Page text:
Persecuted Church in Tunisia

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Tonight we are going to look to together at the country of Tunisia. A country known for its popular holiday destinations but more recently for its part in the Arab Spring – the wave of revolutions by the Arab people in demonstrations and protest early last year. It was actually one of the first to rise in a time of wide unemployment and a struggling economy caused real disillusionment with the ruling powers. Soon the long-serving president Ben Ali was ousted from office as the people united to get rid of this authoritarian leader – that would spark the same attitude elsewhere in Egypt, Libya and Yemen.

One of the main places this happened was in the capital (Tunis). Home to a huge mosque that they say is on par with Mecca itself. According to popular belief, seven trips to the was worth one hajj to Mecca. (pilgrimage), which some muslims use when mecca is too far. And this mosque gives us a flavour what the country is like. In a population of 10.6 million only around 23,000 are known to be Christians. The main religion is firmly Islam.

After the revolution and the subsequent elections for democracy in October, the ruling party Ennahda won the majority vote and are starting to shape the new constitution. Many were hopeful for real freedom for the county’s people, including vulnerable Christian minority but being the main Islamist party this is looking unlikely. Recently some Christians have had to flee the country after receiving death threats for openly sharing their faith during the revolution. In September a group of Muslims tried to turn a church building into a mosque in the city of Kef.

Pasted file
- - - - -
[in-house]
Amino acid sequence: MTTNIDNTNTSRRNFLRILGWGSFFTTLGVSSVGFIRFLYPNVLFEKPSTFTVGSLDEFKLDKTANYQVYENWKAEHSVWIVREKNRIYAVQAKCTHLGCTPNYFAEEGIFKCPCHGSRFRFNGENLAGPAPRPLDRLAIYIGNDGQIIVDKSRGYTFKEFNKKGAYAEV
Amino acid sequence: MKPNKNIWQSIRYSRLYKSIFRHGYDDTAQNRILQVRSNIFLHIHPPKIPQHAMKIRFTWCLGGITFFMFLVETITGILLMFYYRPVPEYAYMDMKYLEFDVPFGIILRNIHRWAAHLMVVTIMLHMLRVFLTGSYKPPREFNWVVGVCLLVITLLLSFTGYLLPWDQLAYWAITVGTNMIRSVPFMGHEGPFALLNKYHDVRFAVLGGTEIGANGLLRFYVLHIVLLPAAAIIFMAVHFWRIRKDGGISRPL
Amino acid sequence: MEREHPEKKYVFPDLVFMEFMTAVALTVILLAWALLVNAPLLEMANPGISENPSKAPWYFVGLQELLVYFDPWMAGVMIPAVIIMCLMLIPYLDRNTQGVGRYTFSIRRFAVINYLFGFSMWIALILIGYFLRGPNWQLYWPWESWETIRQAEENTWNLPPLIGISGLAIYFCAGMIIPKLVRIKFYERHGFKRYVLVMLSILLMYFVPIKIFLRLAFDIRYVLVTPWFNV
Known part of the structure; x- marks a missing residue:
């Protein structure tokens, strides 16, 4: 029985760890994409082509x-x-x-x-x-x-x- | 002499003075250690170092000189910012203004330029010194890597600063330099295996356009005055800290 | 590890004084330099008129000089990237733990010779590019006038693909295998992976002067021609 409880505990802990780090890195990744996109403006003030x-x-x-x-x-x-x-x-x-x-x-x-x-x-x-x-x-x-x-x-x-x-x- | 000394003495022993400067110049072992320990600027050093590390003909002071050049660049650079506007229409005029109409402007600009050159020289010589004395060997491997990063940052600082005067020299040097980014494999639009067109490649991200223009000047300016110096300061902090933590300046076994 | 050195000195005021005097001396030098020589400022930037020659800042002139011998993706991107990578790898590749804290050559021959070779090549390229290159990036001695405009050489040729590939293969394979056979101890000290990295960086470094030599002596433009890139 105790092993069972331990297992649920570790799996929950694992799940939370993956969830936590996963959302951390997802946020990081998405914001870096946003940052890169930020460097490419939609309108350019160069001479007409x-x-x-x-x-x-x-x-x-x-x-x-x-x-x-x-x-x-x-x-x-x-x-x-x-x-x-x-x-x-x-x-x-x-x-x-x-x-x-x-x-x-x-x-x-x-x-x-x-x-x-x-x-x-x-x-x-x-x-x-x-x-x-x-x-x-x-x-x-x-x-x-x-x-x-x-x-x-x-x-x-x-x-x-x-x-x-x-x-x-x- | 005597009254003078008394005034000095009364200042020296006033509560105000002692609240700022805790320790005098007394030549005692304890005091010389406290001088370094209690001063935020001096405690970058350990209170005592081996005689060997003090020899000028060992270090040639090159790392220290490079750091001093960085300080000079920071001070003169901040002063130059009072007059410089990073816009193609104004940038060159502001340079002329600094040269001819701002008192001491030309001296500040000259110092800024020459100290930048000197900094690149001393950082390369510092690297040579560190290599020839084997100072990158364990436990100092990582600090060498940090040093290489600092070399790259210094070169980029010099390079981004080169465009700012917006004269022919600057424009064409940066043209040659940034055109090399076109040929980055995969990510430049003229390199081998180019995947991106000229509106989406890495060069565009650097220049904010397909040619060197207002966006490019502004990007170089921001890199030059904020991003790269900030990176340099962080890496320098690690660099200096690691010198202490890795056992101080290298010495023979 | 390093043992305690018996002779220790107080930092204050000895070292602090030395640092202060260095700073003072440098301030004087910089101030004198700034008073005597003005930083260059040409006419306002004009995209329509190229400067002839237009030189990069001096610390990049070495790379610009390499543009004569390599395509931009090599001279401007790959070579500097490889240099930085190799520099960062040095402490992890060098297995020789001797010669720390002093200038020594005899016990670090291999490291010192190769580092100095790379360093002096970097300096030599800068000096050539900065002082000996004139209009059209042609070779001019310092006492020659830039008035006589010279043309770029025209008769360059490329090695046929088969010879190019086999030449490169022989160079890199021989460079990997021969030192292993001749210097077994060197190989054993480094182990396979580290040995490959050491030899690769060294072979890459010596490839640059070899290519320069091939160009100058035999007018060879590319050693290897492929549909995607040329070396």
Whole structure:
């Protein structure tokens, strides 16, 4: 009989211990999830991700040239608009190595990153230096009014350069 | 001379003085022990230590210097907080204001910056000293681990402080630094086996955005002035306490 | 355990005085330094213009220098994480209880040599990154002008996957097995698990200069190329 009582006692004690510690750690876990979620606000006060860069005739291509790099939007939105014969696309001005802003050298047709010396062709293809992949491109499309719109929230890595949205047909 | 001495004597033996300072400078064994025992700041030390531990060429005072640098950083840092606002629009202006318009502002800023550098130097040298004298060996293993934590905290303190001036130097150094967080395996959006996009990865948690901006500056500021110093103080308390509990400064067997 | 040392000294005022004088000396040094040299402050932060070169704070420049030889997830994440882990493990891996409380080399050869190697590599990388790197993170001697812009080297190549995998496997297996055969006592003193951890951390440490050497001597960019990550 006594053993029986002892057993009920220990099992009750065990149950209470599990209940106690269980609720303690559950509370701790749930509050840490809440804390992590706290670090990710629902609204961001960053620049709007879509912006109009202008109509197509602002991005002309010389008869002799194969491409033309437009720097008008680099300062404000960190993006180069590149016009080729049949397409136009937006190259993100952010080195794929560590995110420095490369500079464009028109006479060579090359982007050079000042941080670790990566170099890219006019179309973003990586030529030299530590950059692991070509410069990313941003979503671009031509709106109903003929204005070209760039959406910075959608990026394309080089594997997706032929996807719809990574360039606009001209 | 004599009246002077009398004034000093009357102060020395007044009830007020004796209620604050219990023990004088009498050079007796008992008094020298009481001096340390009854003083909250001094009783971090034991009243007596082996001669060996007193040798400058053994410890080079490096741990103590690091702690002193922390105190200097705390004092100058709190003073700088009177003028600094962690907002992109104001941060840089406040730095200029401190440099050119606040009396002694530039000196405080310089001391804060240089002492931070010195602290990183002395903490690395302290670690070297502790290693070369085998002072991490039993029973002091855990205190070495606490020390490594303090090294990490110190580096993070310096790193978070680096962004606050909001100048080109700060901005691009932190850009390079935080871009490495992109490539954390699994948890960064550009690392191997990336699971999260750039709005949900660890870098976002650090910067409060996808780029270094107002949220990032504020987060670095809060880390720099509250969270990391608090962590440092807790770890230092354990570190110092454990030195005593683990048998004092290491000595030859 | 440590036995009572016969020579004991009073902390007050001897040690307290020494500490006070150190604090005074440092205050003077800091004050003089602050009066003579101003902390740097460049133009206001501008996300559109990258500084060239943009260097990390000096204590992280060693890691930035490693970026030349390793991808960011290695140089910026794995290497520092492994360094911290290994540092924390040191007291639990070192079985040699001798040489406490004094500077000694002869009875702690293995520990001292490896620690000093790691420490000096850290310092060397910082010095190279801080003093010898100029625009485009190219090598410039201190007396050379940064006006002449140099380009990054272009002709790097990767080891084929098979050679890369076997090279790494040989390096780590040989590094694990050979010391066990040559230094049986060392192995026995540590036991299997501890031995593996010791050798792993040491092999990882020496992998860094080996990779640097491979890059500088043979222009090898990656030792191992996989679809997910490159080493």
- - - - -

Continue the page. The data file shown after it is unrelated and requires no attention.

Many of the Christians are scattered or secret believers as they face the usual discrimination and harassment endured by converts from Islam. If the country becomes more Islamic their freedom and safety are likely to be jeopardised even further. There are those who are keen for this to happen, on 17th February 2012 hundreds of Salafists (strict islamic thinking) rallied to call for Sharia Law to be implemented to the cries of Allahu Akbar. There has also been talk of women being physically and verbally abused by Salafist activists for not dressing modestly.

It appears that Western hopes that the revolution would lead to the establishment of a secular democracy in Tunisia are looking increasingly wishful.

Things for Prayer

Pray for the indigenous Christians of Tunisia at this time of massive political change.

Pray that their limited freedom to practise their faith will not be threatened further, and that they may be protected from attacks by radical Muslims.

Ask the Lord to overrule in the shaping of Tunisia’s new government, that the influence of Islamist groups will be restricted and the country will not impose sharia law.

Pray too for the country’s expatriate Christian community, that they may find ways to support their Tunisian brothers and sisters.

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